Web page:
At this time of year, we often experience higher levels of motivation, drive, even optimism than we will… say…right before spring break during the long month of March. Heck, I don’t even have a spring break to look forward to; although, I’m playing with the idea of taking vacation time and doing something with my daughter who will be in her last semester of high school this time next year. With that looking ahead mentality, I was thinking about this week’s #ICEindiana edtech resolution.
Who and/or what do I want to encourage in 2018? There are many combinations that make the list:
- I want to encourage parents to be more engaged in their children’s digital footprint management and development.
- I want to encourage my daughter to be more aware of how she is using her time online. When the fall of 2019 comes around, she won’t have mom and dad passing by and asking what she’s doing on her phone or Chromebook. She will need to have developed that internal voice for herself. Heck, her parents are still working on that internal voice!
- I want to encourage district leaders to establish how they will specifically measure the success of technology integration in their schools. We cannot get better at what we are doing if we do not have solid evidence to evaluate or a clear goal to strive toward.
- I want to encourage coaches to model responsible use by sharing privacy and data security evaluations of edtech tools before introducing them to teachers for use in the classroom.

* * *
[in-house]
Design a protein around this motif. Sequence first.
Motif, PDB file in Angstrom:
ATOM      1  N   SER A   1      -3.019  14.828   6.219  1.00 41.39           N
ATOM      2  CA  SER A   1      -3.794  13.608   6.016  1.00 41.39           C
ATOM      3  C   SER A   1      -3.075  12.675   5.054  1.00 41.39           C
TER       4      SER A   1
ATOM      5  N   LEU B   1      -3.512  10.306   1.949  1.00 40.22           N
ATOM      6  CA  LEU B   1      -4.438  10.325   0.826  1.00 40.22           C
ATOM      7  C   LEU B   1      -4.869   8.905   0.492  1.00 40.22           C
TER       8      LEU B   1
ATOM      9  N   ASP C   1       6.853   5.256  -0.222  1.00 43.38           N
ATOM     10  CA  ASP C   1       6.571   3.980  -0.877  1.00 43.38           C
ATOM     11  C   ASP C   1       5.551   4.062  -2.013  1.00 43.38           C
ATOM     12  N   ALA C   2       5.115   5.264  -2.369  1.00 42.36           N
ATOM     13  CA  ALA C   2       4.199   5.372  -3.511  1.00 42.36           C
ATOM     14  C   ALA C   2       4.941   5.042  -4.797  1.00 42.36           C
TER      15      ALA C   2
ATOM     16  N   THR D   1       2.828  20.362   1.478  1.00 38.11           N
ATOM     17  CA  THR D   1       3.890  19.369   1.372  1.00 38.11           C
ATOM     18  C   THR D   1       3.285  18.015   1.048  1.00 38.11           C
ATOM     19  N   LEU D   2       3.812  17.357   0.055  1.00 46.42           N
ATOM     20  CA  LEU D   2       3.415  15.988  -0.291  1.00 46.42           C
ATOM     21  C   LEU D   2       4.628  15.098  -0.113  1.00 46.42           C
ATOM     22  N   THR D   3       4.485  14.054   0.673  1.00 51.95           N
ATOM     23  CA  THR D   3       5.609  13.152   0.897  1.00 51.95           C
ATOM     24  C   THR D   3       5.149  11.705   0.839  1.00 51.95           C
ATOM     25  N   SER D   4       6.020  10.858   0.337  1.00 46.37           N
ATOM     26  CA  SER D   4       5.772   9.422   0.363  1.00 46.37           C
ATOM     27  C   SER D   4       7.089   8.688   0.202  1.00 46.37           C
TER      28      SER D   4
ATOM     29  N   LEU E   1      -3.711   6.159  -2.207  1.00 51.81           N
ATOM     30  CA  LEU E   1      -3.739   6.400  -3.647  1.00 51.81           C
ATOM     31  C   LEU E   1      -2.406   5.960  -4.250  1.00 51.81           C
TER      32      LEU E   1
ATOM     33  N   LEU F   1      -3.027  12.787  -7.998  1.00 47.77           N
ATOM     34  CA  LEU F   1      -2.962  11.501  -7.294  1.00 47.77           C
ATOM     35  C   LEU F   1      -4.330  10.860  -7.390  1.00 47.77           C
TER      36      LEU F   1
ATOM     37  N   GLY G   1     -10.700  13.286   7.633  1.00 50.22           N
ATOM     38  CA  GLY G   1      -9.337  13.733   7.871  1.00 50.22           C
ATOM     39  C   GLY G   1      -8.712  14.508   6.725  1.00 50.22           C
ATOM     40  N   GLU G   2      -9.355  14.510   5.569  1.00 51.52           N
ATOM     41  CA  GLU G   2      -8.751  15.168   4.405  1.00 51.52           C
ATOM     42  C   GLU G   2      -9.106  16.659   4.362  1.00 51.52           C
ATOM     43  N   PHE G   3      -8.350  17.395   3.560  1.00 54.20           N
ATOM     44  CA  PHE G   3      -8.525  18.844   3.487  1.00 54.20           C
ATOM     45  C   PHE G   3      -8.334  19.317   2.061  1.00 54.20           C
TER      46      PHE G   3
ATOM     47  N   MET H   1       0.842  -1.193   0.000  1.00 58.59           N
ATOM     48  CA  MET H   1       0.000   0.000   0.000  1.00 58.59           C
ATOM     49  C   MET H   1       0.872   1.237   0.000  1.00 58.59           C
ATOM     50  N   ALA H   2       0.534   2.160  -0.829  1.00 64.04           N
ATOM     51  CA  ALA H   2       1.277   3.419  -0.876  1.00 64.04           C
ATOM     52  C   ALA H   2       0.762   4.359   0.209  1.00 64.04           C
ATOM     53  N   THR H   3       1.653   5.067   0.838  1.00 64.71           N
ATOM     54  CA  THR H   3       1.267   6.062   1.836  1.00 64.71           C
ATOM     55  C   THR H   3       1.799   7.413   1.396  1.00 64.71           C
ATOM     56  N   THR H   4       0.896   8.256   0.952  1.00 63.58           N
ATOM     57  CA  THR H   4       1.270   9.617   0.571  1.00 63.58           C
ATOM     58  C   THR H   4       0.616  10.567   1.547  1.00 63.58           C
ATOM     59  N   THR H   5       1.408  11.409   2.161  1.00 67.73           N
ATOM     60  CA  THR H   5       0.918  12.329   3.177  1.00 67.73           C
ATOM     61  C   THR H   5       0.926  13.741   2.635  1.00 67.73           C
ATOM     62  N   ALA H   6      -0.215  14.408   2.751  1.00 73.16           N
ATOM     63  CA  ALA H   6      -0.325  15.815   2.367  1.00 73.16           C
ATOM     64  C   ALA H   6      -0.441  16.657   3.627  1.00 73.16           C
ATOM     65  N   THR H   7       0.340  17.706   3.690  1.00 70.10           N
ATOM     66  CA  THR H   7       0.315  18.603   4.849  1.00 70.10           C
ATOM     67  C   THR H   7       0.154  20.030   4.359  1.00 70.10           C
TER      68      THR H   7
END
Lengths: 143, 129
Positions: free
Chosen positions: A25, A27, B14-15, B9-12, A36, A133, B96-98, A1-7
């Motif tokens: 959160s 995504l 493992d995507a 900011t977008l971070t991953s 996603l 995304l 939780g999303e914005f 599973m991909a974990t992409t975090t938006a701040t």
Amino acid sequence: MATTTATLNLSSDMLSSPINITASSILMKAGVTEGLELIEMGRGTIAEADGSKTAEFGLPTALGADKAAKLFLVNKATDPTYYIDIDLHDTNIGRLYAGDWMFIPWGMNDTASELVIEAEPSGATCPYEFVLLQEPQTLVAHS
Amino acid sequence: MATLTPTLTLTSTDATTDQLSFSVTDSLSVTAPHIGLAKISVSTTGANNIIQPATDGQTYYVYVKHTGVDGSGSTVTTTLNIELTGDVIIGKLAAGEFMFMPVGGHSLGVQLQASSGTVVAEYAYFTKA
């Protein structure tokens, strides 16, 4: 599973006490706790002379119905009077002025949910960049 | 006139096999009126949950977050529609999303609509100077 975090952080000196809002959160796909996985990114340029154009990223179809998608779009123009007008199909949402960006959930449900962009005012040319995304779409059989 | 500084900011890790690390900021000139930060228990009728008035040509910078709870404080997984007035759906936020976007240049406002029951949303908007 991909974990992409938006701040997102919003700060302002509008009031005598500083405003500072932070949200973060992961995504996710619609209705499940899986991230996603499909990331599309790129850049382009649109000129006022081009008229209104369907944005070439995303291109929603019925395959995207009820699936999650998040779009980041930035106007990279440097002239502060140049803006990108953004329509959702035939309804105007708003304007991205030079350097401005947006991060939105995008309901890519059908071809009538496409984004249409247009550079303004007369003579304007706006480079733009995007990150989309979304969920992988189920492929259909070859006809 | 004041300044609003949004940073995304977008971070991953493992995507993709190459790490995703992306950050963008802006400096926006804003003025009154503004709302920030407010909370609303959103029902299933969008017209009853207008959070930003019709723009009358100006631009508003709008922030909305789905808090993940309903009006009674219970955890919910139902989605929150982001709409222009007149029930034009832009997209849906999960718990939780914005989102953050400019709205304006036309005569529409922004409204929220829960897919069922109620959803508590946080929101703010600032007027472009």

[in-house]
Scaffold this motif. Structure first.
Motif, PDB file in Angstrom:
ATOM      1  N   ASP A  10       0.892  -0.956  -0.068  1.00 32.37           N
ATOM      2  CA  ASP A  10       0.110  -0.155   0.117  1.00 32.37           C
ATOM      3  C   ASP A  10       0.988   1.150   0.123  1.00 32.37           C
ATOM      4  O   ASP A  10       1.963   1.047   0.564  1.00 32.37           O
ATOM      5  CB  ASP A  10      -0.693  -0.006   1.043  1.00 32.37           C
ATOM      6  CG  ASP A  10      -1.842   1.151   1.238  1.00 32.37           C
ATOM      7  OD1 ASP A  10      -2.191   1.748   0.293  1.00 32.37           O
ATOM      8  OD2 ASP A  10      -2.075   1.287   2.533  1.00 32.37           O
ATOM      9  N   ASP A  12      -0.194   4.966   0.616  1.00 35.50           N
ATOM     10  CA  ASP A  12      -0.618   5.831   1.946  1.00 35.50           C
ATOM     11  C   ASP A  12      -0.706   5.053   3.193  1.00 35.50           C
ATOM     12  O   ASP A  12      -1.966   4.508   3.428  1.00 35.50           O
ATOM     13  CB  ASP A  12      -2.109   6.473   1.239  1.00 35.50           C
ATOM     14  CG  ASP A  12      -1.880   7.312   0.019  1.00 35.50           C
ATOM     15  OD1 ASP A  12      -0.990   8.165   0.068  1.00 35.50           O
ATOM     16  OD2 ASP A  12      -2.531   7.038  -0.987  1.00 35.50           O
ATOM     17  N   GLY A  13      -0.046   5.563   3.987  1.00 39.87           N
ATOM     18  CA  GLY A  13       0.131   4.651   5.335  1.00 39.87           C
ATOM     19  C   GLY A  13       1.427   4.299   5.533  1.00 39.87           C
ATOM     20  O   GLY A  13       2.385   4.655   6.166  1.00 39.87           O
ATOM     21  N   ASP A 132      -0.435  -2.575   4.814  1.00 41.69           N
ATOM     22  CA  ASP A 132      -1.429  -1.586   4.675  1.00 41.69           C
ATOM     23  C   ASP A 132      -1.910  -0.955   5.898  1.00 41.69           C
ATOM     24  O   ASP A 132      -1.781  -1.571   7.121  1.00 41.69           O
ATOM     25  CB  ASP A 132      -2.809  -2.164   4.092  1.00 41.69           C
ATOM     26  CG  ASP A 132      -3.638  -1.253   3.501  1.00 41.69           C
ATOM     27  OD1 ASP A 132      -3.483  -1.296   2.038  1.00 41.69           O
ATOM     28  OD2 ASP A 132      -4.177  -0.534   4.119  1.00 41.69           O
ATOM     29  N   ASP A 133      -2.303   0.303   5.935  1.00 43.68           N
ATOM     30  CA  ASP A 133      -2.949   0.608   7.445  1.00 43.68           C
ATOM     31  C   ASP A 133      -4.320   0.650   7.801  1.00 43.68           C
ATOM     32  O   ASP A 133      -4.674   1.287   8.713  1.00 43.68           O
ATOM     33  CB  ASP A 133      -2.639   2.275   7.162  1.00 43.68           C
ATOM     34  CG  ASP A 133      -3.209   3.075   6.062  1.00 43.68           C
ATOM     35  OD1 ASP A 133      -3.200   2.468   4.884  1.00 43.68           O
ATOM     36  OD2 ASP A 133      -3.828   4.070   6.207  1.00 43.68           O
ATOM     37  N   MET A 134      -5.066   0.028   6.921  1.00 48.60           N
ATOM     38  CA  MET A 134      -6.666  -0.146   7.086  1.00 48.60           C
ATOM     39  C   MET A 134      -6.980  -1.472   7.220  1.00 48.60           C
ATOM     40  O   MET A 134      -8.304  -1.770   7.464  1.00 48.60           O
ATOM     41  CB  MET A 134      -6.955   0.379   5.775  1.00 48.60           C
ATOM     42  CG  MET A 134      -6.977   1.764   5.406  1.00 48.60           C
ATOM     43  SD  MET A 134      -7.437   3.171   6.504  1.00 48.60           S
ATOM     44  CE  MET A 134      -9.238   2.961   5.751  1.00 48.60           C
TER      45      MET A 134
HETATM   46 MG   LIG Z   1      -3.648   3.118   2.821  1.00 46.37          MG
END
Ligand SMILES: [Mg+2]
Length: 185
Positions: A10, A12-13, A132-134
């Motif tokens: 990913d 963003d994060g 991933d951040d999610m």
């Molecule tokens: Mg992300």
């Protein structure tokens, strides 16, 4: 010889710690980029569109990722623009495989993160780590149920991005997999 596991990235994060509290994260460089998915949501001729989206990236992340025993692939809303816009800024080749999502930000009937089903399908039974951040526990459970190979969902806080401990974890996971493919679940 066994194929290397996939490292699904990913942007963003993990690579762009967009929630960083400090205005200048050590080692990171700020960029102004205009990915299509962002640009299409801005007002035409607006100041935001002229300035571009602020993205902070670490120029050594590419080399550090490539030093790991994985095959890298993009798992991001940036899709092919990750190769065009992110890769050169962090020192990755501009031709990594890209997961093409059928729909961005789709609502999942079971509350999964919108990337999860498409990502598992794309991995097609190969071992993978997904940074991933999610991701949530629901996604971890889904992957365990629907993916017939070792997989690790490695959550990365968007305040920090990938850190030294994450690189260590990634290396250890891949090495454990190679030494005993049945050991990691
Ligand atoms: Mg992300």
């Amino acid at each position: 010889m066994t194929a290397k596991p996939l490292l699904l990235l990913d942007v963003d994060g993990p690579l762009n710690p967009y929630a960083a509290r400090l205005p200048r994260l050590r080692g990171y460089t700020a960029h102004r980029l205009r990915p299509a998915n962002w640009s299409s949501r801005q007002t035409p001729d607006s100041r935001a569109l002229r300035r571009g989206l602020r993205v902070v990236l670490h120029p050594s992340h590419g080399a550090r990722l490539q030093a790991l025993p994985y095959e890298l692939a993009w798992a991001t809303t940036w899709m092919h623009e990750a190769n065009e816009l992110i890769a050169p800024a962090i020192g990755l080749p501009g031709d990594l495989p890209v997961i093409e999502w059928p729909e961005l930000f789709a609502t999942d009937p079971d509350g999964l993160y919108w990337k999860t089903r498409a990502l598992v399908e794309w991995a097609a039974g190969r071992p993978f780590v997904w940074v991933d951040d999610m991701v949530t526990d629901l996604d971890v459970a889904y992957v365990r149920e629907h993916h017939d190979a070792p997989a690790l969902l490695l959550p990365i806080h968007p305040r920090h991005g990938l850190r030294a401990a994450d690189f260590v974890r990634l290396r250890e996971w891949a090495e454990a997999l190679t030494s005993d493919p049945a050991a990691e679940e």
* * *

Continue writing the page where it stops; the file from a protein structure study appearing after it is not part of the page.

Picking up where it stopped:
- I want to encourage classroom teachers to share their frustrations. If they feel like they are the only one striving to create a culture of digital responsibility and leadership among their students, then something is wrong.
As I look at this list, I begin to feel just a bit overwhelmed. So I am going to take a play out of When, Daniel Pink’s newest book. He wraps up each of the chapters with a “Time Hacker’s Handbook.” Ultimately, I will encourage myself and those I support to try applying a premortem to projects they take on in 2018. The premortem is explained following chapter 3 and allows the project members to assume they failed at completing the project down the road (you know, kind of like we do with resolutions year after year).
To conduct a premortem, you ask yourself or the team, “What went wrong?” Taking the time to talk through “prospective hindsight,” you can identify potential issues and avoid setting yourself up for a false start. Pink says it better, so I encourage you to check out When. Drats, there I go encouraging again!